The premise has been that in order for mankind to survive after nuclear weapons he will have to become more civilized. To last the next generation of weapons will require real moves toward peace. Otherwise it becomes planet of the apes.
We can not get any more aggressive and survive. It may be questionable now.
My premise above was that (as per such works as Man In The High Castle and Fatherland) the most aggressive Terran societies ended up winning WWII and hence there was no serious opposition which could have a nuclear deterrent (unless Japan and Germany started rattling sabers, which they very well may have). “Peace” can be enforced via rigid and omnipresent repression by the dominant societies. WWII was the last opportunity for such a faction (or alliance of same) to attempt to gain worldwide domination without doomsday weapons causing the end of civilization (and I assume in the Star Trek scenario I outlined that the use of nukes by the Germans was limited and they basically issued ultimatums to other countries to basically “surrender or die horribly”).
Why would it be impossible? I think it is extremely improbable, but not what I would classify as impossible.
I know very little about physics, but it is my understanding that from everything we know about physics, the light speed constrain just isn’t ever going to go away. That there isn’t really a work around to that. However, working within that framework, I can still easily imagine a scenario where we could be attacked.
Imagine there is an advanced species that lives somewhere in the Alpha Centauri system, and they want to attack us. Sure, from what we know about physics, they aren’t going to ever be able to travel faster than light. But can we be certain there is no way to travel very fast?
I think we could probably, with current technology, have something traveling through space at around 150,000 mph. The Galileo probe was at one point traveling like 106,000 mph through space.
At that speed, it would still take something like 20,000 years to reach earth.
But what if we had something going at like, 33,000,000 miles per hour? That’s how fast you would have to be going to get from Alpha Centauri to earth in 30 years. That’s only 5% of the speed of light.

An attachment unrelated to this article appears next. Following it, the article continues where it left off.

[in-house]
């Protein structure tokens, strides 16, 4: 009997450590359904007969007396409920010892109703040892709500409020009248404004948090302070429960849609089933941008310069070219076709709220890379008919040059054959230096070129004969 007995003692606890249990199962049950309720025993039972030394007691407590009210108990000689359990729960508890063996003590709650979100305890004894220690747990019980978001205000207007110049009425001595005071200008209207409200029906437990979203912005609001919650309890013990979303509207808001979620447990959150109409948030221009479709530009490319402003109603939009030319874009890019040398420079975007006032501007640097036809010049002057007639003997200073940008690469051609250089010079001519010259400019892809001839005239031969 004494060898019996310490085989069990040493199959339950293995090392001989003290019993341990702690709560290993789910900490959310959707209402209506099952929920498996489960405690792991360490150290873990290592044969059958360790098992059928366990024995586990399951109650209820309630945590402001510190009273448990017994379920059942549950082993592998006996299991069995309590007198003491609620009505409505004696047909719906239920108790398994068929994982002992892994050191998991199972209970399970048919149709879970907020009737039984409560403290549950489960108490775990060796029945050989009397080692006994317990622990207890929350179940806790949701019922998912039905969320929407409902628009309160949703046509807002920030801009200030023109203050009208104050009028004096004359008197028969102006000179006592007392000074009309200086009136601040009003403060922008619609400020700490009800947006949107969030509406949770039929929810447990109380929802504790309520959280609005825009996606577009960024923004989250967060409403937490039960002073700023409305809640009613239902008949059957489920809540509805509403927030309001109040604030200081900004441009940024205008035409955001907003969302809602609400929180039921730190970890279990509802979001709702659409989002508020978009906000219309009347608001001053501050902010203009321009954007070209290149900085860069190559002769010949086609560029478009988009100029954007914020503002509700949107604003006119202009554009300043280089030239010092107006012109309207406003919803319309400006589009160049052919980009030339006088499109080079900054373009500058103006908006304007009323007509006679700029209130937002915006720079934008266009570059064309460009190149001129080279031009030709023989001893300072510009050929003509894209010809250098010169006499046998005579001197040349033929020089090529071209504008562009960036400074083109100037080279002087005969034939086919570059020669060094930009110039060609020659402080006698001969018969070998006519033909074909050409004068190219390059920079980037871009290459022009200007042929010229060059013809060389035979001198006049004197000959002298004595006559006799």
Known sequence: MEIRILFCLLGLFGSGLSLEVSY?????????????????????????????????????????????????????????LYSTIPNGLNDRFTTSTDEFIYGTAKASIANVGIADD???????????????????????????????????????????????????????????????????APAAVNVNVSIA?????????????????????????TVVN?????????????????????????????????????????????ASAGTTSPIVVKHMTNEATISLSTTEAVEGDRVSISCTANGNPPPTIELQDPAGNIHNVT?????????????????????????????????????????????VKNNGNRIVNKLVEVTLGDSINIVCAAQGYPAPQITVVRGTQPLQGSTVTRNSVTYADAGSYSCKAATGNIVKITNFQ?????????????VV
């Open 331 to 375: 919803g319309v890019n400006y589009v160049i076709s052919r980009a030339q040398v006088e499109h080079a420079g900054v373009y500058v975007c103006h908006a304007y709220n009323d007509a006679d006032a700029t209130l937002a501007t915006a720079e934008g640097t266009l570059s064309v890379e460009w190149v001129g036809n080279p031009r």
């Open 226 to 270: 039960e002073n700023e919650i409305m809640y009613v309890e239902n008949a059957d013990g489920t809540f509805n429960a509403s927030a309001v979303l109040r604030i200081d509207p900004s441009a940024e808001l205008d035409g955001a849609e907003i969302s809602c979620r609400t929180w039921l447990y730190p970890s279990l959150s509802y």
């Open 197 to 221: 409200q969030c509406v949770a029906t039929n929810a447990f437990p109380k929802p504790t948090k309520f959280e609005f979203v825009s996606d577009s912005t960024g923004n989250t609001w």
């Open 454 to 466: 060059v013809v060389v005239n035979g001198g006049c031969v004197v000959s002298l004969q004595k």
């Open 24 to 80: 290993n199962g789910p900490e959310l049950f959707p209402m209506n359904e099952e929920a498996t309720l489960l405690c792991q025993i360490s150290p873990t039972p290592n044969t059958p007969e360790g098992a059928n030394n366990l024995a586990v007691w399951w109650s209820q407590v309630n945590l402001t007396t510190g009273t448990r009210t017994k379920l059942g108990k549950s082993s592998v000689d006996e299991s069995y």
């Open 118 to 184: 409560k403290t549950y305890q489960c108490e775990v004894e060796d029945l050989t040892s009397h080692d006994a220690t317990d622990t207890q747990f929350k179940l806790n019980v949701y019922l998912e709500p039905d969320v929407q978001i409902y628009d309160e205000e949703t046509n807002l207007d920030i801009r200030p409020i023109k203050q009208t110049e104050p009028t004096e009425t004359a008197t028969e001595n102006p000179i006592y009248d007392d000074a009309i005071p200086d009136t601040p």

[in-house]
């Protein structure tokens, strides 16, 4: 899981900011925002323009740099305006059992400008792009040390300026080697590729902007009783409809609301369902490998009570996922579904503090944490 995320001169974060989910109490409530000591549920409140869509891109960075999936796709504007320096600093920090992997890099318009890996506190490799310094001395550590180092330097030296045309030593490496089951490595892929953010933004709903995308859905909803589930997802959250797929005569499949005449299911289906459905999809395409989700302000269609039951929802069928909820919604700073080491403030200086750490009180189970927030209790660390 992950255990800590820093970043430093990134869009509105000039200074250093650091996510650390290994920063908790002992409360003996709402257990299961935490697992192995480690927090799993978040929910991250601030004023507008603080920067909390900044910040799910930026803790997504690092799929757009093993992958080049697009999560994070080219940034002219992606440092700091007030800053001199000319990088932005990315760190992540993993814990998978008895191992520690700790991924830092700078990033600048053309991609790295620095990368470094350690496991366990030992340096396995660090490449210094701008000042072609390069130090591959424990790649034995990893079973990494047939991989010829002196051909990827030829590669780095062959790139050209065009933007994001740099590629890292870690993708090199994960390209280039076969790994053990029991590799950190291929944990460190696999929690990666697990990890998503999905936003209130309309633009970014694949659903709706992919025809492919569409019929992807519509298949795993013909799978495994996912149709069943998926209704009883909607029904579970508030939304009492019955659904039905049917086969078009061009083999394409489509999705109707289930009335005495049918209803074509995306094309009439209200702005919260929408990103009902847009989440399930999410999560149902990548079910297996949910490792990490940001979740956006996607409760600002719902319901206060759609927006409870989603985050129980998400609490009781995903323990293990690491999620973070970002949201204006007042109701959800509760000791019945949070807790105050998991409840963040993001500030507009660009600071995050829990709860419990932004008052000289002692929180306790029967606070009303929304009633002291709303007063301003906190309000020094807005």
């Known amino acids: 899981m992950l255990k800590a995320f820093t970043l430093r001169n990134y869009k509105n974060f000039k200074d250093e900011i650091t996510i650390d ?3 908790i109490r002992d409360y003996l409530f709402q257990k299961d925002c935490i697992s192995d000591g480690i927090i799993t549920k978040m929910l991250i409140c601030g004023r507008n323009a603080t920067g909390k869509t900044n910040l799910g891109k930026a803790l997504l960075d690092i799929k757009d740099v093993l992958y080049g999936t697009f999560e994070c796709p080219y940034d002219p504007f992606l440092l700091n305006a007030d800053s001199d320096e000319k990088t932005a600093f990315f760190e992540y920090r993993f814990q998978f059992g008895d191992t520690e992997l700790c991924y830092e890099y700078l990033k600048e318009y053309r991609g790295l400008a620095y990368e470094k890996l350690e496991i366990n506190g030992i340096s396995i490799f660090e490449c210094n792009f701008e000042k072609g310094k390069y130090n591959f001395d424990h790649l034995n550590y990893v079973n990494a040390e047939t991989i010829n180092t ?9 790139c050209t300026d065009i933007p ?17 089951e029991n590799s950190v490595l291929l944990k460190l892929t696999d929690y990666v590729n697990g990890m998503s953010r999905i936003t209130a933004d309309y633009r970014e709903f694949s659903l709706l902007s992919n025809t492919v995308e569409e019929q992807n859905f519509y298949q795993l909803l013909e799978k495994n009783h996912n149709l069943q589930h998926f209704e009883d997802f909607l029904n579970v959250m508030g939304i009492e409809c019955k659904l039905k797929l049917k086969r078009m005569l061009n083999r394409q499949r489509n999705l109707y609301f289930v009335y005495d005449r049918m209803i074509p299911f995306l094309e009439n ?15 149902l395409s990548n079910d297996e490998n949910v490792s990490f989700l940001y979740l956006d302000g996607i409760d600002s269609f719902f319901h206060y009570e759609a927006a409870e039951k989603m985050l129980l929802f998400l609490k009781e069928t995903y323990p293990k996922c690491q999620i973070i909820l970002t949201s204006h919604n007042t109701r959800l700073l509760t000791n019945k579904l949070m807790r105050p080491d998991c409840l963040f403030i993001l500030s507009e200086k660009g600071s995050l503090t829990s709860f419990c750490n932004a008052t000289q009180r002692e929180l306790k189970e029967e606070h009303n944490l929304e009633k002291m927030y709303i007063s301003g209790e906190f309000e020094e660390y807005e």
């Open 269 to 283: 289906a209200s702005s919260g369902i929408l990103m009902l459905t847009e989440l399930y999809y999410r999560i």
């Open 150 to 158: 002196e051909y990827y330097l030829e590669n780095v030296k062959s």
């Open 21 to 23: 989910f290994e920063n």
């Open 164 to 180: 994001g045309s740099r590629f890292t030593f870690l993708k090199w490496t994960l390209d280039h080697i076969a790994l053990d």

Thirty years is a long time in the life of a human. But maybe a life form evolving on AC lives for 300-400 years. For them, it’d be a significant journey, but if they were a race that just wanted to conquer, it wouldn’t bother them.
Or maybe it’s a hive-mind type species, in which case maybe they could send a big vessel that functioned as a self-sufficient hive, traveling through space. Within the hive, over 30 years many of them would be born, grow up, and die, but the hive itself would be alive and functioning. Ready to conquer when it got to earth.
Better yet, imagine such a species that starts out as small eggs that can burrow into soil and eventually grow into fearsome insectoid monsters. Or imagine an alien race advanced enough in biology to create such a thing. They could just launch thousands of things the size of a space probe and land them on earth. They would then burrow into the ground and a few years later millions of them explode out of the earth (functioning as a hive mind) and kill everything, then the alien race that created this “weapon” sends some colonists on the slow 30-year boat to Earth.
Working under the current constraints of human biology and physics, sure it is impossible. But change the biologic factor (life cycle, way we reproduce, maximum age) and advance the technology some (but without exceeding the speed of life) and it’s not impossible by any means.